The transport of iron out of the cell is dependent on ferroportin (FPN), which is currently the only known iron exporter. This iron transport into the extracellular compartments requires ferroxidase activity, provided by ceruloplasmin multicopper oxidase (Cp), an enzyme containing six-seven copper atoms, that oxidizes extracellular Fe2+ to Fe3+ prior the release to transferrin. Cp, as well as other multicopper iron oxidases, is essential for iron transportation, due to its molecular structure that prevents ROS formation unlike the spontaneous reaction of iron. Furthermore, multicopper oxidases have a high affinity for oxygen and this significantly reduces the rate of oxidation [36].

    Homeostasis of cellular iron is under the control of two iron-regulatory proteins, namely IRP1/ACO1 and IRP2/IREB2 that are RNA-binding proteins [37]. IRPs are activated by iron deficiency and bind iron-responsive element (IRE) present in the 5′ or 3′ untranslated regions (UTRs) of numerous mRNAs encoding proteins for iron metabolism, like TFR1, DMT1, FPN, FTs subunits (FTH1 and FTL). Transcripts harbouring IREs can be modulated by IRPs in translation and/or stability, depending on IRE locations. In particular, mRNAs with IRE in the 5′ UTRs (e.g., FTs, FPN) are suppressed in translation, while transcripts with IREs in the 3′UTRs are increased in stability (e.g., TFR1, DMT1). As an example, in iron-deficient cells, activated IRPs prevent FT mRNA translation and protect TFR1 mRNA from degradation; on the contrary, under iron-sufficient conditions, low IRP activities favour FT synthesis and destabilize mRNA of TFR1, thus they properly balance iron import and store [38].

    Iron amount also controls IRP functions at posttranscriptional level: IRP1 loses its RNA-binding activity and IREB2 is degraded by the proteasome system when iron is increased [38][39]. Accordingly, in mice with targeted deletion of IREB2, LaVaute and colleagues have found an increase of FT protein levels co-localizing with high iron content in degenerating neurons [40]. Therefore, it can be speculated that reducing intracellular iron concentrations could be a means to counteract the ferroptotic cascade in diseases. This is also suggested by recent experiments demonstrating that overexpression of the heat shock beta-1 protein (HSPB1) inhibits ferroptosis induced by erastin [41]. Because HSPB1 acts by decreasing endocytosis and recycling of TFR1, another strategy could be to directly silencing, the gene that codes for TFR1 [42]. Free iron is the main cause of the non-enzymatic lipid peroxidation process; for this reason, ferritinophagy, the autophagic process that leads to degradation of iron storage cell proteins, has been widely studied in relation to ferroptosis. In particular, the nuclear receptor coactivator 4 (NCOA4), which mediates the selective autophagic degradation of FT, has been recently shown to contribute to ferroptosis process by increasing iron pool and ROS through Fenton reaction [43].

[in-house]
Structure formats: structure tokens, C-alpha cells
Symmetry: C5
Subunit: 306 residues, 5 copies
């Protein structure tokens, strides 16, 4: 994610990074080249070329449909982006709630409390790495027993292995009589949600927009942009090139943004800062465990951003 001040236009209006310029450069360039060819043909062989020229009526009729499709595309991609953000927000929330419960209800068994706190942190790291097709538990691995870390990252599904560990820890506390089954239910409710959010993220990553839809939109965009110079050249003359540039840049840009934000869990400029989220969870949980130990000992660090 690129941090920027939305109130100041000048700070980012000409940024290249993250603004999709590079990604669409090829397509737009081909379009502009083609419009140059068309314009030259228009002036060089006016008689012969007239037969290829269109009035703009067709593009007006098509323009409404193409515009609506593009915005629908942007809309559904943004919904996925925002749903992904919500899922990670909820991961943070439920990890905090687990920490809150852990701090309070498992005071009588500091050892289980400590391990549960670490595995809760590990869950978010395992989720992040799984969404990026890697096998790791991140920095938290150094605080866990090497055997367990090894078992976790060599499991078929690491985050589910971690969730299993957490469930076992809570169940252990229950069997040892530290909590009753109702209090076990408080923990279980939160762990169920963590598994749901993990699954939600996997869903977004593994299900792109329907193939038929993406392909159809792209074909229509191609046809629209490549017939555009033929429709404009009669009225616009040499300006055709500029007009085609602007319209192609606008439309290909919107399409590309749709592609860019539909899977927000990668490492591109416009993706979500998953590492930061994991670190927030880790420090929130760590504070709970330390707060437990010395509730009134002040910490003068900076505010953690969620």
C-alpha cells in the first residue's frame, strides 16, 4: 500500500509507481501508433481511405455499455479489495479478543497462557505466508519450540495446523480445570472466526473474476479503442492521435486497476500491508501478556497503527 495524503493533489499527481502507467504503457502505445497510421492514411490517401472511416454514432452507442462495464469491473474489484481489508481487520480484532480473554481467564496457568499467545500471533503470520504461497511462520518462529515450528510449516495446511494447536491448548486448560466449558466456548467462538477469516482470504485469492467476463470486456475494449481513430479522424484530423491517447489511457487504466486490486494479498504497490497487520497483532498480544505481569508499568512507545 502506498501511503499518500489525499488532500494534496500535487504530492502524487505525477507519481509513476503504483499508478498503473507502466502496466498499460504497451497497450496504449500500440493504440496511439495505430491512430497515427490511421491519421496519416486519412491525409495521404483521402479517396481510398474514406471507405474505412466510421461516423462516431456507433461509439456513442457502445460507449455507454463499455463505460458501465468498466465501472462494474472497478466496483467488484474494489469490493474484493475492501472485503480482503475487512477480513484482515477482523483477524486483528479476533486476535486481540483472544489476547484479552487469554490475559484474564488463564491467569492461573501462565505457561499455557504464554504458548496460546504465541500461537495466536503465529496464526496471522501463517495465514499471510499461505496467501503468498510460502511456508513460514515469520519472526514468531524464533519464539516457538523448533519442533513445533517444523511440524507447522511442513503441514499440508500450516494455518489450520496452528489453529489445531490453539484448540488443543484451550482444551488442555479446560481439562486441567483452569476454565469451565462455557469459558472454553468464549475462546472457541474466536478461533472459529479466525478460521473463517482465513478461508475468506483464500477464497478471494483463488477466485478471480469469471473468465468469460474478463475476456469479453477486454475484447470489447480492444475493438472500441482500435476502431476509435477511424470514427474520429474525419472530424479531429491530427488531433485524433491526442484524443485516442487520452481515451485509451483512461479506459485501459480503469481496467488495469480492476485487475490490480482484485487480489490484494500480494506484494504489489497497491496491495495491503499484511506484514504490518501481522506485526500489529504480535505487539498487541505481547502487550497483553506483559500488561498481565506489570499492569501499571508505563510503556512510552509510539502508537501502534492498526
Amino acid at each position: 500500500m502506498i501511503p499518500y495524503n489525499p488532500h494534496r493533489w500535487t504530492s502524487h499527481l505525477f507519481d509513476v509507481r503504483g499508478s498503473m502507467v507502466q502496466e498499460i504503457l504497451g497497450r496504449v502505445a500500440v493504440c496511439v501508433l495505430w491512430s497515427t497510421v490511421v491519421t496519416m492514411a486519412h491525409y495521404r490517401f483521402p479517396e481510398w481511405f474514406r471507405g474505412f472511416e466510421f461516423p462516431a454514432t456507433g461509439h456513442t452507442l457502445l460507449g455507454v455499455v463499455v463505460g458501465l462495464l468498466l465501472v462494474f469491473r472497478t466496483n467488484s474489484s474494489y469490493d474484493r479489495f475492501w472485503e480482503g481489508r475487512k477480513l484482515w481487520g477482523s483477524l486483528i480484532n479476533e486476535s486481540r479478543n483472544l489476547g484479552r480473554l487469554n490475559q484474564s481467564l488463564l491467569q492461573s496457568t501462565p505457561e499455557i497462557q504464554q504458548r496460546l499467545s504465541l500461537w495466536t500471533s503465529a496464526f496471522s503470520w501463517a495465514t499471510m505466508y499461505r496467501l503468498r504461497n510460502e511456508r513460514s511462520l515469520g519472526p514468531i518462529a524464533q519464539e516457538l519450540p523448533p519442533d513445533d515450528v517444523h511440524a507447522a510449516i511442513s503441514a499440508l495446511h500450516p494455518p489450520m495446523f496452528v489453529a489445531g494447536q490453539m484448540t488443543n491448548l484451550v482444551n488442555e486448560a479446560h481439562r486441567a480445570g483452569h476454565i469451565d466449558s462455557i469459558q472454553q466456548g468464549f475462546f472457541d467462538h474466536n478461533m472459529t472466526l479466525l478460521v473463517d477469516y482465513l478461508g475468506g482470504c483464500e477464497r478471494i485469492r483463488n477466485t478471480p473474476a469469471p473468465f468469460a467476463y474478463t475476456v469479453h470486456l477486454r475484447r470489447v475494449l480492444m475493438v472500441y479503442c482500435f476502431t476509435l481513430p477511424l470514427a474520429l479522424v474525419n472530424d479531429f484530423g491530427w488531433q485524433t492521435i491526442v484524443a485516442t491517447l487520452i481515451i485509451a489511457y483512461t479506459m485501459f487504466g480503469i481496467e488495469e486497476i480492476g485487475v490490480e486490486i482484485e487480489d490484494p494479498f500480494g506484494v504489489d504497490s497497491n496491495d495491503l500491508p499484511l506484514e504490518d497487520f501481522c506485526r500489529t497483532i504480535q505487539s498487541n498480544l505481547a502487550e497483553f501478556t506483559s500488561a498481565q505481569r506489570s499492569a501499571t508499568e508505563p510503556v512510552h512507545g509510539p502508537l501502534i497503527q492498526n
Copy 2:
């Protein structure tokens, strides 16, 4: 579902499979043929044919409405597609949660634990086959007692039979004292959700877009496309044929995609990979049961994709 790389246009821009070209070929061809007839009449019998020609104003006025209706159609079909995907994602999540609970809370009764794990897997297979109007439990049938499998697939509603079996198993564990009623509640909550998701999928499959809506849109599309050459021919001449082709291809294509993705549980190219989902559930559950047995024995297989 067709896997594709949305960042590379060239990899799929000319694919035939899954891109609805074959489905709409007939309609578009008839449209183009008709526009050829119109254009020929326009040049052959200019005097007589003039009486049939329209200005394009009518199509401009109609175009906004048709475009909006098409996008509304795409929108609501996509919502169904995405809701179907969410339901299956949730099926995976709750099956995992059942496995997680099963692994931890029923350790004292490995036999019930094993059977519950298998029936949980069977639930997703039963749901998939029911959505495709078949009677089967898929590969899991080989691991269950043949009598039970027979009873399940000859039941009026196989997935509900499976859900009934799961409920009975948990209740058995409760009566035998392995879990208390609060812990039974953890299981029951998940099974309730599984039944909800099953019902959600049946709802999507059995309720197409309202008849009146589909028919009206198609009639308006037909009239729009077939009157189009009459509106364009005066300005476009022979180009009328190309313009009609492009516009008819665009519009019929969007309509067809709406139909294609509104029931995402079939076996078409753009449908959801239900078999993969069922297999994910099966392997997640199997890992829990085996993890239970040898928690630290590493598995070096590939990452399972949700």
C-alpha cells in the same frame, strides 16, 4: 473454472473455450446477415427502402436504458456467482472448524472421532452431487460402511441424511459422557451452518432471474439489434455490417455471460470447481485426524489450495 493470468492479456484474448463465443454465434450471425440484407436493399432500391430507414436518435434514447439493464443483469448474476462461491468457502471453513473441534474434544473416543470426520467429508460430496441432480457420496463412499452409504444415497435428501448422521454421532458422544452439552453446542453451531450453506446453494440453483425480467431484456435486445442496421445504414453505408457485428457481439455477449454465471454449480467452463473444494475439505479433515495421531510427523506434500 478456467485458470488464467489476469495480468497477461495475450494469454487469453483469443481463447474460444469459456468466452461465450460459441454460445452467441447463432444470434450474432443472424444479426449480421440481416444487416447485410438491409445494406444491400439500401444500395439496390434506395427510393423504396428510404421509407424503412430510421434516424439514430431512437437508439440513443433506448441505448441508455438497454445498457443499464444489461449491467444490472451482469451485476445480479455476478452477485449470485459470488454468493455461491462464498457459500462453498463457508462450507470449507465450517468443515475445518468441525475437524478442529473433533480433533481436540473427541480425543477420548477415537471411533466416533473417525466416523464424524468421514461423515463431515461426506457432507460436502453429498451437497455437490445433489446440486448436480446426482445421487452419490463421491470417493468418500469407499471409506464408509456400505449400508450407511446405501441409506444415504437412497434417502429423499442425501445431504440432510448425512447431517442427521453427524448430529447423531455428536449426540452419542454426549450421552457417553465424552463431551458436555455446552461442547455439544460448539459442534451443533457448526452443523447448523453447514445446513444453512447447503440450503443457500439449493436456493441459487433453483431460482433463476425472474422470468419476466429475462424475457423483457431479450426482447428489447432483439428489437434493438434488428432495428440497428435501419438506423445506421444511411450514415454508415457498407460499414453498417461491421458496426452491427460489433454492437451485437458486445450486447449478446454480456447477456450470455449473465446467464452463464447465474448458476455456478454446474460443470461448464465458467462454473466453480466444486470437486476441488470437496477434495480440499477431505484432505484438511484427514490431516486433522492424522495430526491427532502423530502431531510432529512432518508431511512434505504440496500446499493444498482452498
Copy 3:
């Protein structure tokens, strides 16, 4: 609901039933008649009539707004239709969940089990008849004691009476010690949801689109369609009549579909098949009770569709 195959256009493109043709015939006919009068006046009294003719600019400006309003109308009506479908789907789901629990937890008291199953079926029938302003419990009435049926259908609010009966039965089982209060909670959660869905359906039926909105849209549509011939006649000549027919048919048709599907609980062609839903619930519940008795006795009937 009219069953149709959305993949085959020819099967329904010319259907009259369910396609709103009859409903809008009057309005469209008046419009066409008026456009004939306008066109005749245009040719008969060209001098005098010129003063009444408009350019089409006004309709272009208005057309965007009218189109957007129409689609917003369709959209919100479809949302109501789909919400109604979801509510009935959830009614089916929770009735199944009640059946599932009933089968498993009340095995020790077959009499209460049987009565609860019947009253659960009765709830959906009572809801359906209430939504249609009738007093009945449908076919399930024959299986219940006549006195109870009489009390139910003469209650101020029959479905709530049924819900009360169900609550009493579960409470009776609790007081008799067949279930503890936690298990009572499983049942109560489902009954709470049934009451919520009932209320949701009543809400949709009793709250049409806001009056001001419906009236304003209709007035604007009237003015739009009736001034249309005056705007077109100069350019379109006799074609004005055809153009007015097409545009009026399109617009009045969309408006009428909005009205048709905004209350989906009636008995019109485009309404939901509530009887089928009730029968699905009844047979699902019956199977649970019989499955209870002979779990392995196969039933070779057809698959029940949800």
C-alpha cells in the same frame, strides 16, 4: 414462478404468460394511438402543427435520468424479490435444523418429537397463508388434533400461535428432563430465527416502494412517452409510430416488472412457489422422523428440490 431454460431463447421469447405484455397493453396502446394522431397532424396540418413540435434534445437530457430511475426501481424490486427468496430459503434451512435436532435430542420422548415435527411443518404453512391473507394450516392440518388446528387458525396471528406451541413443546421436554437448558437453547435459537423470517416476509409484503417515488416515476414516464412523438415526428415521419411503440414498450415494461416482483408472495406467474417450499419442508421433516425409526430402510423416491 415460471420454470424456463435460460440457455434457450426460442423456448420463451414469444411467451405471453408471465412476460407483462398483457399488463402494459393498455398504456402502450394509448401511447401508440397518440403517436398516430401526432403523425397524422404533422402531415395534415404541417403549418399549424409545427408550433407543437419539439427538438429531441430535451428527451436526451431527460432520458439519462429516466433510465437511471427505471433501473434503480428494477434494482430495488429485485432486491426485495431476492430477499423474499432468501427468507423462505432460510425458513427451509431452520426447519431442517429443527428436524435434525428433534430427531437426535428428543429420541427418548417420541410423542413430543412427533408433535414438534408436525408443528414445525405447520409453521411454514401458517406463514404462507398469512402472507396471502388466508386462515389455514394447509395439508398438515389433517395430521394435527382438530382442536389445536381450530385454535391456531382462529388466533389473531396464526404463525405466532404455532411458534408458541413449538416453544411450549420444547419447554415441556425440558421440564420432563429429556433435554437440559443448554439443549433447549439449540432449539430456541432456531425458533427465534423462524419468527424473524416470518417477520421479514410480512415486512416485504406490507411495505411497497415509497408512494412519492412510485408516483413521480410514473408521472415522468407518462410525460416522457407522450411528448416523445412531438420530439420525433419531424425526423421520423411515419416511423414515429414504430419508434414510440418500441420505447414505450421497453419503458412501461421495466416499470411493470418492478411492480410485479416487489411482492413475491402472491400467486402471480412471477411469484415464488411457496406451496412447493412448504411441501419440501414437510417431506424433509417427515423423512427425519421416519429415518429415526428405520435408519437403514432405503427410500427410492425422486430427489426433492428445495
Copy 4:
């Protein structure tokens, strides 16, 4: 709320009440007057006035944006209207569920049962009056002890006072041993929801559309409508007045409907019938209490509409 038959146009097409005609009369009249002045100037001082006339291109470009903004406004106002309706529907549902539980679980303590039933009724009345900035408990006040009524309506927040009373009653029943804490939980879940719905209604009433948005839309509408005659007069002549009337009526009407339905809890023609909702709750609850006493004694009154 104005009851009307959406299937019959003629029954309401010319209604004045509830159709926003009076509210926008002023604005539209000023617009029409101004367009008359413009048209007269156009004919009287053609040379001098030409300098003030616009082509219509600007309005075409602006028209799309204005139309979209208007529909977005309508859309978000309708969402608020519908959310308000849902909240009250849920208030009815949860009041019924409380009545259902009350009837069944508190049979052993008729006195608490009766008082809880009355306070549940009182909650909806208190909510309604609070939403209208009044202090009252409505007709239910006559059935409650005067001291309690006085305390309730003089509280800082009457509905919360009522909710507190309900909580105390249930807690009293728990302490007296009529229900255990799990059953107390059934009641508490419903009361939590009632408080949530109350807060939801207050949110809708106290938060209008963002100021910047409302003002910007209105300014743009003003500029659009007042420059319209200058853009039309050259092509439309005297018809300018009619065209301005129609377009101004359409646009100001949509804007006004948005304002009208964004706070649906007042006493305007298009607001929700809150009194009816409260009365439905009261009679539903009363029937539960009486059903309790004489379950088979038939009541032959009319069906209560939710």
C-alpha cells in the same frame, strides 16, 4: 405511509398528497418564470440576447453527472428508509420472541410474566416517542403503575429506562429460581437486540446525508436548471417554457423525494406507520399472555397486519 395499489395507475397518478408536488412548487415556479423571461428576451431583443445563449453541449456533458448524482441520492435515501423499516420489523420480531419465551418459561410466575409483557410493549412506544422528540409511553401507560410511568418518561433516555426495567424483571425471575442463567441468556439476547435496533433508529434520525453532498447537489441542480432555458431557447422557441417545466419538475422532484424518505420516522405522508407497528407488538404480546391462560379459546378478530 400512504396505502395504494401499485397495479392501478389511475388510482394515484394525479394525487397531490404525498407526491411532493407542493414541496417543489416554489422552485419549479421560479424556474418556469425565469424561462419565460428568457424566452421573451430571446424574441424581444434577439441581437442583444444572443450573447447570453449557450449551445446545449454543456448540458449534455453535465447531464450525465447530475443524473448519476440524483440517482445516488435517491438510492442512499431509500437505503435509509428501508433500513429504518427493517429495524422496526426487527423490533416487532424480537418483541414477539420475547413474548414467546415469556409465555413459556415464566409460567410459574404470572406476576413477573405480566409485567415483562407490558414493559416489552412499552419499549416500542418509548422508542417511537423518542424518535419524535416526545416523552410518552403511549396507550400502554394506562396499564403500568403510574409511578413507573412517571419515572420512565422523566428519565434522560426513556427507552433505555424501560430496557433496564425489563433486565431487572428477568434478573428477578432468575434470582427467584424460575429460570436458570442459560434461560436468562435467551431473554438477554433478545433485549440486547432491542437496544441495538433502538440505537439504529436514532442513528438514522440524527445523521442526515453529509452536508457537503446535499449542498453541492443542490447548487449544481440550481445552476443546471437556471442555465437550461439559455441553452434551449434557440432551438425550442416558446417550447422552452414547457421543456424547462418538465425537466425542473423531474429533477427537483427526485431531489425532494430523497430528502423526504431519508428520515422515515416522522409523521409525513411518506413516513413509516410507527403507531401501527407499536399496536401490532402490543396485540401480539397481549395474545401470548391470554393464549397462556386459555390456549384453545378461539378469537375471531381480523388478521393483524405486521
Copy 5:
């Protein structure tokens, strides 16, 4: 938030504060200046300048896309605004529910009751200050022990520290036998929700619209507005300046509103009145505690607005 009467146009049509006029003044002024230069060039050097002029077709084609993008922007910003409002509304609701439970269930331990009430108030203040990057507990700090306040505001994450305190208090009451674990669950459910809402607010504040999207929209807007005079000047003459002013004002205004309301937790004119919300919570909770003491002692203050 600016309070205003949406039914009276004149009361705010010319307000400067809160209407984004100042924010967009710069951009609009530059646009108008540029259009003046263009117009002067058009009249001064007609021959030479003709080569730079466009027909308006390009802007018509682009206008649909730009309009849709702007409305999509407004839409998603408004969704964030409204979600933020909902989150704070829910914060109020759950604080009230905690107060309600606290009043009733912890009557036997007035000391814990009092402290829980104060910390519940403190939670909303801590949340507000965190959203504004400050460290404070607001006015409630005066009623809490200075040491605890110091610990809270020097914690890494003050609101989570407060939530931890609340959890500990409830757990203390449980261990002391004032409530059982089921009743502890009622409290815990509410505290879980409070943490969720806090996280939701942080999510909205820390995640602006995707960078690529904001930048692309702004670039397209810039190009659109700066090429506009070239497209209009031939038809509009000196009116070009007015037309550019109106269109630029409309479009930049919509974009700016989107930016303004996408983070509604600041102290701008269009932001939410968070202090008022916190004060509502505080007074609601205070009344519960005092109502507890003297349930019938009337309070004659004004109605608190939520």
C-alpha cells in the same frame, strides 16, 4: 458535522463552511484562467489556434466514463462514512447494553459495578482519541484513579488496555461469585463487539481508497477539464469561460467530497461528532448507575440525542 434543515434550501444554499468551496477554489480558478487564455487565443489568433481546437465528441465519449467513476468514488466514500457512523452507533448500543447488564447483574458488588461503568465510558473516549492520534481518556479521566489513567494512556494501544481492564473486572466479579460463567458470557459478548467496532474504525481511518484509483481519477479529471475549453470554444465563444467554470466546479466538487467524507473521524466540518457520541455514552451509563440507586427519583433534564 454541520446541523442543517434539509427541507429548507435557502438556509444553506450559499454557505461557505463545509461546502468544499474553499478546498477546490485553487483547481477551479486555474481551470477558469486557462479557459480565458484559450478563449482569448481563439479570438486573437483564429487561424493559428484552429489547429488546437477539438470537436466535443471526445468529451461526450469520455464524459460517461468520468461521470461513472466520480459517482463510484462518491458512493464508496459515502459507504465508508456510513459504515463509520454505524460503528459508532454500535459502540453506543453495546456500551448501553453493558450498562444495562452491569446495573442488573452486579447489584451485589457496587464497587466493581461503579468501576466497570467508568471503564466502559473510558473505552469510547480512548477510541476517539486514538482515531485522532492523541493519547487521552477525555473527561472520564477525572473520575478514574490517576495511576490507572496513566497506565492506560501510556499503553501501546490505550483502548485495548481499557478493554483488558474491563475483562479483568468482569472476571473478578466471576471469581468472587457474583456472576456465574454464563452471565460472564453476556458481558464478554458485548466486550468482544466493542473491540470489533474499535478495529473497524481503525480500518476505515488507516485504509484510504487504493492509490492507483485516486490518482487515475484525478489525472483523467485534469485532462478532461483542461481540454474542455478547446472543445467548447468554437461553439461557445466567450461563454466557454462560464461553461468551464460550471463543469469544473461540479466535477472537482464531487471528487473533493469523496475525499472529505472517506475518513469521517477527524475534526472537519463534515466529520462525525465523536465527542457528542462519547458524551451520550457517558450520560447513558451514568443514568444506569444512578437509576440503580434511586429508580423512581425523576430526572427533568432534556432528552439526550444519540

3. Ferroptosis Markers in FRDA

    Some distinctive features of ferroptosis have been recognized in many neurodegenerative diseases such as the accumulation of iron and lipid peroxide production, especially in specific regions of the central and peripheral nervous system [44]. In Alzheimer's disease (AD), the most common form of dementia, characterized by cognitive impairment and memory loss, elevated iron levels have been found in the hippocampus, which is severely impaired in patients with AD. Free iron causes ROS production through Fenton reactions, leading to massive oxidative damage in this brain region [45]. Iron chelators (e.g., Deferoxamine mesylate, DFO) were therefore used to counteract oxidative damage, reducing ferroptosis induction in AD [46]. Same strategy has been used to ameliorate the degeneration of dopaminergic neurons in substantia nigra in Parkinson's disease patients, as in this region abnormal iron accumulation is observed that is high neurotoxic [47]. Amyotrophic lateral sclerosis (ALS) is a neurodegenerative disease characterized by motor neuron dysfunction and spinal cord impairment. Ferroptotic features of dying motor neurons and increase of ferroptotic markers in blood samples have been reported, and anti-ferroptotic drugs, such as edaravone, have been proposed in parallel with other therapeutic approaches to ALS therapy [48][49].

    4. Conclusions

    In published literature, the topic of ferroptosis is mainly discussed in the field of cancer. Inducing iron-mediated cell death in cancer cells pharmacologically is one of the possible strategies that are going to be developed to counteract tumour aggressiveness. In this review, we have highlighted that many of the typical markers of ferroptosis are found in FRDA. Despite this, the role of ferroptosis in FRDA pathogenesis and disease progress has received relatively little attention.